Race time limit makes FE tactics 'really difficult'

Race time limit makes FE tactics 'really difficult'
By AutoSport

29/11/2018 at 13:55

Nissan e.dams driver Sebastien Buemi says Formula E's new 45-minute plus one lap race distance will make energy-use tactics "really difficult" in the upcoming 2018/19 season.

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The electric championship will implement the new race length for its fifth campaign, which will also be its first with drivers completing the full event in a single car.

FE has introduced an attack mode power system in a bid to keep strategic options open in races without pitstops, but Buemi warned that the new time limit could prove to be a challenge for teams as the race leader is likely to effectively decide each race distance.

"The race format is a big change," said the 2015/16 FE champion.

"It is a very difficult one, because you need to constantly calculate where the leader will be according to the timing.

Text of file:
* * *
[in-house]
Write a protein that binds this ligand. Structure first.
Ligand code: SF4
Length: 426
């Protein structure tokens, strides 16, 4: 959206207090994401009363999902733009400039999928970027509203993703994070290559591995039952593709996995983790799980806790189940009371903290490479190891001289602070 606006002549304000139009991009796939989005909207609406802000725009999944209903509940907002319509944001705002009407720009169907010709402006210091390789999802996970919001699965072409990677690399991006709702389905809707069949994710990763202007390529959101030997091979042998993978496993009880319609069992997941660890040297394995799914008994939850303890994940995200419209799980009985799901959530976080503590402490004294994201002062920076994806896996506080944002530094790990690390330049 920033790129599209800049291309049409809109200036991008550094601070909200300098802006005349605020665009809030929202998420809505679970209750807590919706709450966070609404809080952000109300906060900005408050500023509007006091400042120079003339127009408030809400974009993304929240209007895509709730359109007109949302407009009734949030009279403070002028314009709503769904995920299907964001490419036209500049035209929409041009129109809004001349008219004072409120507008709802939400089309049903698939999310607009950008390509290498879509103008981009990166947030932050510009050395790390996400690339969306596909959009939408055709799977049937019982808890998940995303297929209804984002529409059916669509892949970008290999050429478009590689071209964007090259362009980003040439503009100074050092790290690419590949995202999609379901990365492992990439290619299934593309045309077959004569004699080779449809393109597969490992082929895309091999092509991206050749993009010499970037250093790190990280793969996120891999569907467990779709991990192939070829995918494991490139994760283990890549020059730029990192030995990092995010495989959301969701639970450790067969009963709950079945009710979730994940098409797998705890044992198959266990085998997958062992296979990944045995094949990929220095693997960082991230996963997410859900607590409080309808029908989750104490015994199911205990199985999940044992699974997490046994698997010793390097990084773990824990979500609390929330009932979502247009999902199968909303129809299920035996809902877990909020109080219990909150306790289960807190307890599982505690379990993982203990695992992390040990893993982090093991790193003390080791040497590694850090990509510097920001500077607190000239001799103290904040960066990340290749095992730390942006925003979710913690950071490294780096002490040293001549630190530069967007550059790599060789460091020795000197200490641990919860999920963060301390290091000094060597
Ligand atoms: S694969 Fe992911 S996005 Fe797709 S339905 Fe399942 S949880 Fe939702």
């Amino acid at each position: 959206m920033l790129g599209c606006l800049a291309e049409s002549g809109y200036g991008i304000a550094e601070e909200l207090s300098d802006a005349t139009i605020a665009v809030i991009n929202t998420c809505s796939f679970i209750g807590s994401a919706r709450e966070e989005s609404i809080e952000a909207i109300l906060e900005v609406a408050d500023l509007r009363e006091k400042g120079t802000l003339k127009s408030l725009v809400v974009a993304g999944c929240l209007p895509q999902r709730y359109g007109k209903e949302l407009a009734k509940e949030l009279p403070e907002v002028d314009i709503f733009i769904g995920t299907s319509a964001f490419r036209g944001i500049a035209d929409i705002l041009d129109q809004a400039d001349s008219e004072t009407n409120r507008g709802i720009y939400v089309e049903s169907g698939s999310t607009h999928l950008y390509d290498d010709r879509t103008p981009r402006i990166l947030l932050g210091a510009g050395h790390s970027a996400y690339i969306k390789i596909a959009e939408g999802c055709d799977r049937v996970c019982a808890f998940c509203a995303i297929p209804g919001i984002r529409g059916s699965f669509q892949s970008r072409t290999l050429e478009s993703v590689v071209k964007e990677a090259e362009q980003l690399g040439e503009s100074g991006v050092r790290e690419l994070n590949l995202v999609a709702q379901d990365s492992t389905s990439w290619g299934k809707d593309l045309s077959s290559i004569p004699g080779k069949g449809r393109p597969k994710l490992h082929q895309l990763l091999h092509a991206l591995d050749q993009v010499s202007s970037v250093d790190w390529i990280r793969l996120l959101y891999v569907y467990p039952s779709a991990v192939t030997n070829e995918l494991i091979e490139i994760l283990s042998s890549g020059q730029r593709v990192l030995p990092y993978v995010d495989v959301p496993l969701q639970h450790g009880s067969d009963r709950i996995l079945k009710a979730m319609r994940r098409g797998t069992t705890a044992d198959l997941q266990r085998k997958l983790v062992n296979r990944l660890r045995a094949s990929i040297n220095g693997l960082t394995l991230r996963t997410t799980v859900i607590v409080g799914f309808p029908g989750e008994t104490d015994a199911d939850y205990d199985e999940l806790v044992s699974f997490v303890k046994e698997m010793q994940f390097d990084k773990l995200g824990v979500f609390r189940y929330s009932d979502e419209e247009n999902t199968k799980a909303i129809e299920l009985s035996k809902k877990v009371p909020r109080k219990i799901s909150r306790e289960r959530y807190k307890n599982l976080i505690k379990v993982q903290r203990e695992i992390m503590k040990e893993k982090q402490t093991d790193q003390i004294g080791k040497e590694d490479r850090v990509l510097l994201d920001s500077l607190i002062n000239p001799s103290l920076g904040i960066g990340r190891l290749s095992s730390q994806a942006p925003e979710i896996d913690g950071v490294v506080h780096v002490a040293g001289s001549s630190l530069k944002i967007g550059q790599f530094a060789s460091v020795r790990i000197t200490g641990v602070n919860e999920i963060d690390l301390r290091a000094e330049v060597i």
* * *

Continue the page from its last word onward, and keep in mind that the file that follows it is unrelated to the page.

"If you calculate to finish and be at zero energy and let's say the leader is crossing the line at 44 minutes and 58 seconds, you need to do an extra lap.

"And if you have no more energy, you are going to be stopped on the side.

"So, you constantly need to see and estimate where the leader will be around that period of time, which makes it really difficult.

"You can also take a gamble and use a lot more energy, thinking maybe a safety car will come or whatever and you're going to be fine - or you may not be."

Buemi also said that although FE's new Gen2 car has an aggressive chassis design, it actually has less downforce than the previous car, with most of its downforce being produced by a large rear diffuser.

"It's very tricky to manage [the new race strategy elements] but otherwise the car itself, the chassis itself, is no big evolution," he said.

"The car is 20kg heavier, it has less downforce than the previous car, so you cannot expect the car to be much quicker.

"You are quicker because of the evolution of tyres and the powertrain itself.

"In the corner, the car is not really quicker than before but the FIA and Formula E wanted that, because if they wanted the car to be quicker, you go slick tyres [and] gain I don't know how many seconds.

"You go [with] wings, and you go much quicker. But that was not really the objective. We just need to make the most out of what we have."